In the second phase of A2R, the Kellogg Foundation offered the county an additional $21,000 to erect tactile maps at three project locations. The local committee selected the nature preserves at Schekelhoff and Tiffin as well as Opportunity Park to receive them.
According to information at the time, the areas were chosen for "total user experience benefitting people of all abilities and universally designed to meet the wide range of visitor functional limitations to mobility, hearing, vision and cognition."
One of the tactile maps is found at Opportunity Park, part of Seneca County Opportunity Center, 780 CR 20. The park has a wheelchair-accessible trail and oval track. People can enjoy an accessible picnic shelter, and it's a great place for families because it has accessible playground equipment.
The park is open to the public as a cooperative agreement between the Opportunity Center and Seneca County Park District.
Another tactile map can be found in the parking area at Tiffin University Nature Preserve, just east of Tiffin's city limits off Miami Street. The 29-acre nature preserve has a partially-paved trail which leads to a longer, unpaved loop trail. A gazebo and picnic area is easily accessible on the paved portion.
The preserve is a cooperative project between Tiffin University, the county park district and other government agencies.
The third tactile map is at entrance to Schekelhoff park, a 37-acre area with a half-mile wheelchair-accessible paved trail off North Water Street along the Sandusky River north of Tiffin Wastewater Treatment Plant.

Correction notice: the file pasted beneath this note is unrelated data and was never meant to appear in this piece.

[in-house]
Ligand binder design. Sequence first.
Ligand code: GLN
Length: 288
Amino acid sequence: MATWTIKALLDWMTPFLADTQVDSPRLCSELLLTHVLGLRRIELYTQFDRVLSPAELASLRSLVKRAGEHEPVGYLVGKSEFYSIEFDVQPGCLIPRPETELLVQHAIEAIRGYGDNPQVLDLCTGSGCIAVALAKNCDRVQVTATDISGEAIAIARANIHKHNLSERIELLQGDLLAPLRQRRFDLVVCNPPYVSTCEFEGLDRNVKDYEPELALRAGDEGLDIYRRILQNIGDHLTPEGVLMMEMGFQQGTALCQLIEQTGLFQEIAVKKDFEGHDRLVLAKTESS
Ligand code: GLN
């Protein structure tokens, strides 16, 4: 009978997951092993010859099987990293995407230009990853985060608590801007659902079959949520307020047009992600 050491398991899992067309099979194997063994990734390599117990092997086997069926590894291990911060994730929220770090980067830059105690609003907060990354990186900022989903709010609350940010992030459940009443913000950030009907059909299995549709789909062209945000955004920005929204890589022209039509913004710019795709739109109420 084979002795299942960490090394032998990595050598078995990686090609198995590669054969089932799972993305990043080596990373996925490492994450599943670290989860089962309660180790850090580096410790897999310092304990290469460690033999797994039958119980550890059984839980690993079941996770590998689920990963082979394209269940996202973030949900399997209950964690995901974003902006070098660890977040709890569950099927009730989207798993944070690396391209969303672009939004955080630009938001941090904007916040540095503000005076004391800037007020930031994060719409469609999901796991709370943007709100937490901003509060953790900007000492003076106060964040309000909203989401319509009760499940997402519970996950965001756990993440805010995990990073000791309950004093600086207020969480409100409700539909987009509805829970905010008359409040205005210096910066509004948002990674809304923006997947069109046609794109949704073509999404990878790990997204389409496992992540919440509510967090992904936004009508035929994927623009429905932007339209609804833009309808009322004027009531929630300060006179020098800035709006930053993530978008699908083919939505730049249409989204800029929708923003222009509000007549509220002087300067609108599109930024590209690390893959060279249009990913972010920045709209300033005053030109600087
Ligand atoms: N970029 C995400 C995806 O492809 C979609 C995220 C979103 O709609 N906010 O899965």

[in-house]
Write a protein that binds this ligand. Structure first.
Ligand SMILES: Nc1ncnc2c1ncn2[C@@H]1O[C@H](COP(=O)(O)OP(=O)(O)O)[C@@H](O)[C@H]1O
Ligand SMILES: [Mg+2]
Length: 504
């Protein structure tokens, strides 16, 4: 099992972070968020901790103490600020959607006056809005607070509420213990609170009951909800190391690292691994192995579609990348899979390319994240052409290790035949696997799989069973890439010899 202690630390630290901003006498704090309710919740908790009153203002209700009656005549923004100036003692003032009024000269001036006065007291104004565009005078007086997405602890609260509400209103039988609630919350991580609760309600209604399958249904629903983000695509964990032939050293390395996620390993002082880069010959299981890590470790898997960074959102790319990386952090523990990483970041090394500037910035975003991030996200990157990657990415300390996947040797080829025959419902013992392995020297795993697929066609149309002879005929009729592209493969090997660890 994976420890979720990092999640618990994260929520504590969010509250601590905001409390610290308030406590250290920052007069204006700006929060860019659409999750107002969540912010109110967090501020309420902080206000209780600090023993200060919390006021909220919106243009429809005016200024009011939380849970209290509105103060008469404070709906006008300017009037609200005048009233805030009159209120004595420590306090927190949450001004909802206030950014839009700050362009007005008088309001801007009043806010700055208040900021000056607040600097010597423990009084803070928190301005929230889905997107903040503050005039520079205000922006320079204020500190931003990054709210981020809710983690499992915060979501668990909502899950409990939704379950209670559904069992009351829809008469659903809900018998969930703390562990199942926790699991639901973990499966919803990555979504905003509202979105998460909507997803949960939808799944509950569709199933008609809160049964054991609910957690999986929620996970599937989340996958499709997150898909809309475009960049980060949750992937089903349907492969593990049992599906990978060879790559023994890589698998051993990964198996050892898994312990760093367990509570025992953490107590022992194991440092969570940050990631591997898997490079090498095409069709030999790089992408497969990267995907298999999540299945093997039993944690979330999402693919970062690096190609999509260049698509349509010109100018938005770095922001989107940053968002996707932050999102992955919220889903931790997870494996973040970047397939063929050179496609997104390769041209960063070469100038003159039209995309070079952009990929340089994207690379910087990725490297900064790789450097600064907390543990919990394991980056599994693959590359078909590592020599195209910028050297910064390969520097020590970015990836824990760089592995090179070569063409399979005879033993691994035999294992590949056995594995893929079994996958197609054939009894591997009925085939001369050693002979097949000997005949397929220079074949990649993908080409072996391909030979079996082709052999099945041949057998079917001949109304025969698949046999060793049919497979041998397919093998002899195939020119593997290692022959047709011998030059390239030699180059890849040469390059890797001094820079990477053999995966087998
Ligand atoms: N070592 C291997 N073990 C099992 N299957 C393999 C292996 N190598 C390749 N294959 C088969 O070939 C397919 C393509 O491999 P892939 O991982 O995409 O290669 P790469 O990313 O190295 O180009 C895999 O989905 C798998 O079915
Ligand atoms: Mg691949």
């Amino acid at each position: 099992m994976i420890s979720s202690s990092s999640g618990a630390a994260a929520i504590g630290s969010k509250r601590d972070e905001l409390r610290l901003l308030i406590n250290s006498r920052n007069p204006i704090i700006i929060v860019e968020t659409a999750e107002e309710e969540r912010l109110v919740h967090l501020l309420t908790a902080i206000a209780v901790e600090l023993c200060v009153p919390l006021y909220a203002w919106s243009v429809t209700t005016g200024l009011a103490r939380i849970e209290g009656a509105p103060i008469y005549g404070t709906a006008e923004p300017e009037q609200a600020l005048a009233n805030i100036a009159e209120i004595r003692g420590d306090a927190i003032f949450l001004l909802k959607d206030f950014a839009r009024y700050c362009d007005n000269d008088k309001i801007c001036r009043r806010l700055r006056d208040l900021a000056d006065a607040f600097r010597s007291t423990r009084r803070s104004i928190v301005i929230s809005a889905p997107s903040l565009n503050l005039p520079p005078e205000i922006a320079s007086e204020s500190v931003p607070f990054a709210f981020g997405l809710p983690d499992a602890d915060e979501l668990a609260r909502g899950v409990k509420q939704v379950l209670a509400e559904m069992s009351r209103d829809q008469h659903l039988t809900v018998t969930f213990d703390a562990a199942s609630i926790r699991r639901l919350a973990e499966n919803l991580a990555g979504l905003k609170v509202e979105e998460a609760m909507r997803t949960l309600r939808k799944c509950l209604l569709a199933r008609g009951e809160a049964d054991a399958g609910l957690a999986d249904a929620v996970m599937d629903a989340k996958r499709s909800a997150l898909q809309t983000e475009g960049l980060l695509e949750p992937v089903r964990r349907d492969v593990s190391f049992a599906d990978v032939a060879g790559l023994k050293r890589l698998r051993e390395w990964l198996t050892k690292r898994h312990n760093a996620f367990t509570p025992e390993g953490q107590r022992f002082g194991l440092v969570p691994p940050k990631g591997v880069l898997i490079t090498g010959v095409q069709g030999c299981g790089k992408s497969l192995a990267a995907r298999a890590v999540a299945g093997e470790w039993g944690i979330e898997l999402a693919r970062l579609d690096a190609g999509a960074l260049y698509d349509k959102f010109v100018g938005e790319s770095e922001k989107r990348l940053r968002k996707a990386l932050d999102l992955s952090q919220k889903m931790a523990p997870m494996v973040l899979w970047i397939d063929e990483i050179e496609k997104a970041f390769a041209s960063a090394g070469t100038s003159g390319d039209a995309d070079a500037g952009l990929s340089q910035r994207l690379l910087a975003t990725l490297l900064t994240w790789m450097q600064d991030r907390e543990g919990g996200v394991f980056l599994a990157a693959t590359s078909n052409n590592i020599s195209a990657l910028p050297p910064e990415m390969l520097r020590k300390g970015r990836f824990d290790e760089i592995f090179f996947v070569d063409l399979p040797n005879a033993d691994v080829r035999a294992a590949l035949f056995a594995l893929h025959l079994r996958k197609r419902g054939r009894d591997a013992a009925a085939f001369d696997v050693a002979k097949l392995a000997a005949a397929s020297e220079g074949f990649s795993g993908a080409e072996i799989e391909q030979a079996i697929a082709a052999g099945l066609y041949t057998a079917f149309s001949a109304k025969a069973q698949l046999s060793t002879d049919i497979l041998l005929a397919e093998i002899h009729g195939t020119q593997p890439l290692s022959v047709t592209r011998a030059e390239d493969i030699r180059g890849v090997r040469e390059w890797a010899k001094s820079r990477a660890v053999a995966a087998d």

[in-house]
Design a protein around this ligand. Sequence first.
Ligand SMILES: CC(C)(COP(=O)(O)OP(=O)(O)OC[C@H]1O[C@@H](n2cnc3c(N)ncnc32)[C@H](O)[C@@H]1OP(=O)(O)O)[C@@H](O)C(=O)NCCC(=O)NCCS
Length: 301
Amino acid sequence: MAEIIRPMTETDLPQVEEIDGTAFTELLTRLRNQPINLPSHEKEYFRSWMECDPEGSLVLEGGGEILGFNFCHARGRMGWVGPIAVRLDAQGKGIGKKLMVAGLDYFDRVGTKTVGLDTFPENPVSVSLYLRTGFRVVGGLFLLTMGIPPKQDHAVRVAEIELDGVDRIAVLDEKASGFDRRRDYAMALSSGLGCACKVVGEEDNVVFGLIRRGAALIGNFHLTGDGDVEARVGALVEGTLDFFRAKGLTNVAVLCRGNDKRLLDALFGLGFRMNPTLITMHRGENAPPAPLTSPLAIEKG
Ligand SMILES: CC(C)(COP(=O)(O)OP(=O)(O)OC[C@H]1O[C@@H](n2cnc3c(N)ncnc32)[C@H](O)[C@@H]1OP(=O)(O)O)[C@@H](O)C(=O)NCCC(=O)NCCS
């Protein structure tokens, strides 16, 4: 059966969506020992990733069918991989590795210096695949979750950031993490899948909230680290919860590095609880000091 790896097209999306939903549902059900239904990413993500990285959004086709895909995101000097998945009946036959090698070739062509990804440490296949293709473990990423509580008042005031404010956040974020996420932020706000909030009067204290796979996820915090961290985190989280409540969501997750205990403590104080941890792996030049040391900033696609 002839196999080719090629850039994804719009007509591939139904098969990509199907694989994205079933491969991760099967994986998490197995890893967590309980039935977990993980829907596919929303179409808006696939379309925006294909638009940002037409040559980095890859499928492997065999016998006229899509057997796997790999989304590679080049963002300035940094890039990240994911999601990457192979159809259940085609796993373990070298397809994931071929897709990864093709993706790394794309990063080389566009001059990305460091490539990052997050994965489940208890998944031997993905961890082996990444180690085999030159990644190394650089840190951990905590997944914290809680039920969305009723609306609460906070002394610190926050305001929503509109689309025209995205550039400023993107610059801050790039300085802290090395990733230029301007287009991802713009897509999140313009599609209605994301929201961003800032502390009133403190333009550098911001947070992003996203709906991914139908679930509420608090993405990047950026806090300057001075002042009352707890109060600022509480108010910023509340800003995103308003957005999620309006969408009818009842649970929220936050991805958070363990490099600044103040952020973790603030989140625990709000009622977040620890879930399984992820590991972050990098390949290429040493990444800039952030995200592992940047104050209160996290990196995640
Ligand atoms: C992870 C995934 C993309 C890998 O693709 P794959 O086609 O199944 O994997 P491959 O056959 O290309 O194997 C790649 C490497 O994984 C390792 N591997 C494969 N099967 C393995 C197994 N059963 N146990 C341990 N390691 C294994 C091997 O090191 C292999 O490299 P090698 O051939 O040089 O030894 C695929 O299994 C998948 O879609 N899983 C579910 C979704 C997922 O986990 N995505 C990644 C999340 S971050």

The area includes an overlook of the river and a shelter with picnic tables and benches along the route.
The same map includes tactile details of Seneca County Park District's Clinton Nature Preserve, which continues north from Schekelhoff to TR 132 following an old township road right of way. The path is not paved, but is stoned and includes fishing access to the river.
Another park with wheelchair access is the county's 292-acre Garlo Heritage Nature Preserve, 5777 S. SR 19, Bloomville. From the parking area, people with disabilities can follow a paved area to a boardwalk which leads to a pond with a sheltered fishing spot for catch-and-release fishing.
The paved area continues to Olgierd Lake, a 37-acre shallow lake with another sheltered fishing area. From there, a 2.7-mile unpaved trail goes around the lake.
Continuing in the county park system, Zimmerman Nature Preserve, which is in Tiffin on SR 18 between Autumnwood Care Center and Genex Cooperative, is a 5-acre park with a 0.2-mile wheelchair-accessible trail, two picnic shelters, a grill and raised gardening beds.
Elsewhere in Tiffin is Hedges-Boyer Park with entrances off Coe and Summit streets. The city's largest park at 78 acres, it features a 1.15-mile paved trail with paved paths leading to picnic shelters and an overlook on Rock Creek.
Another circular paved trail is found at Oakley Park, bordered by Grand, Park and 6th avenues. It has a new paved trail of about a mile.
There are two more areas where people with disabilities can enjoy nature in a rural setting.
Anglers can do some catch-and-release fishing at Miller Conservation Farm, an 80-acre farm owned by Seneca Conservation District at 5670 E. TR 138. The front part of the area has a paved trail that allows wheelchair users to go from the parking lot to the pond. The picnic shelter also is accessible.
Wheelchair users interested in deer hunting can get information on an annual deer hunt in which volunteers use a trailer to assist hunters in getting to covered hunting spots. For information, call (419) 447-7073.
At the other side of the county, a boardwalk snakes through the wetlands of Springville Marsh State Nature Preserve, TR 24, 3.5 miles north of Carey off US 23 in Big Spring Township.
The boardwalk is over shallow water in many places and has no rails so wheelchair users should be accompanied by another person. A ground-level observation blind provides a view of a pond frequented by ducks and geese.
Hint: Put on an extra layer of bug spray during the summer.